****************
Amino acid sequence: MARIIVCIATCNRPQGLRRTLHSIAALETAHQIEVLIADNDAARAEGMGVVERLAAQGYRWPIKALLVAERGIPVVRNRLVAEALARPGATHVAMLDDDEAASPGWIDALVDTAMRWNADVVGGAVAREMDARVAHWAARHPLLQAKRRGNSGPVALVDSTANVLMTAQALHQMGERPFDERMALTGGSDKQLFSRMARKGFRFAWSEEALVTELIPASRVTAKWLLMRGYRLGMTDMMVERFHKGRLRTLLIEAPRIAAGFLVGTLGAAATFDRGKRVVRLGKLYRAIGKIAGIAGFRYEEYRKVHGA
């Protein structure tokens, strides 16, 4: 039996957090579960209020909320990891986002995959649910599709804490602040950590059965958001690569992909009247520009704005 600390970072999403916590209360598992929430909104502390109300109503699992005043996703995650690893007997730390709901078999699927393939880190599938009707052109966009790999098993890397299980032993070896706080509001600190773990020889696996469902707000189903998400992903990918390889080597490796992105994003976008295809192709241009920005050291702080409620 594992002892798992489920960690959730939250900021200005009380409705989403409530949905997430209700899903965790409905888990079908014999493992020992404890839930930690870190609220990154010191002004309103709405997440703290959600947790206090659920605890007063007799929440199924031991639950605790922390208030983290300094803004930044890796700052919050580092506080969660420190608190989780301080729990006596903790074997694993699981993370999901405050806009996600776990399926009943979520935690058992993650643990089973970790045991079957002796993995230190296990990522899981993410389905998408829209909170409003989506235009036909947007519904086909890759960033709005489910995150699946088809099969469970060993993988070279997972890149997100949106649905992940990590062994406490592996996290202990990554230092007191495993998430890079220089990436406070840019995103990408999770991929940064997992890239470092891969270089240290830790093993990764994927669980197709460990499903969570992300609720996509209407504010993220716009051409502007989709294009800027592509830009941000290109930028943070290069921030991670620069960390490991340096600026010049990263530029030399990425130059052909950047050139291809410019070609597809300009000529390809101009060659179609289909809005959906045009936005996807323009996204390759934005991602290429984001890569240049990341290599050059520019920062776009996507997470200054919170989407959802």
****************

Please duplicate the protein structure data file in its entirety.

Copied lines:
Amino acid sequence: MARIIVCIATCNRPQGLRRTLHSIAALETAHQIEVLIADNDAARAEGMGVVERLAAQGYRWPIKALLVAERGIPVVRNRLVAEALARPGATHVAMLDDDEAASPGWIDALVDTAMRWNADVVGGAVAREMDARVAHWAARHPLLQAKRRGNSGPVALVDSTANVLMTAQALHQMGERPFDERMALTGGSDKQLFSRMARKGFRFAWSEEALVTELIPASRVTAKWLLMRGYRLGMTDMMVERFHKGRLRTLLIEAPRIAAGFLVGTLGAAATFDRGKRVVRLGKLYRAIGKIAGIAGFRYEEYRKVHGA
């Protein structure tokens, strides 16, 4: 039996957090579960209020909320990891986002995959649910599709804490602040950590059965958001690569992909009247520009704005 600390970072999403916590209360598992929430909104502390109300109503699992005043996703995650690893007997730390709901078999699927393939880190599938009707052109966009790999098993890397299980032993070896706080509001600190773990020889696996469902707000189903998400992903990918390889080597490796992105994003976008295809192709241009920005050291702080409620 594992002892798992489920960690959730939250900021200005009380409705989403409530949905997430209700899903965790409905888990079908014999493992020992404890839930930690870190609220990154010191002004309103709405997440703290959600947790206090659920605890007063007799929440199924031991639950605790922390208030983290300094803004930044890796700052919050580092506080969660420190608190989780301080729990006596903790074997694993699981993370999901405050806009996600776990399926009943979520935690058992993650643990089973970790045991079957002796993995230190296990990522899981993410389905998408829209909170409003989506235009036909947007519904086909890759960033709005489910995150699946088809099969469970060993993988070279997972890149997100949106649905992940990590062994406490592996996290202990990554230092007191495993998430890079220089990436406070840019995103990408999770991929940064997992890239470092891969270089240290830790093993990764994927669980197709460990499903969570992300609720996509209407504010993220716009051409502007989709294009800027592509830009941000290109930028943070290069921030991670620069960390490991340096600026010049990263530029030399990425130059052909950047050139291809410019070609597809300009000529390809101009060659179609289909809005959906045009936005996807323009996204390759934005991602290429984001890569240049990341290599050059520019920062776009996507997470200054919170989407959802």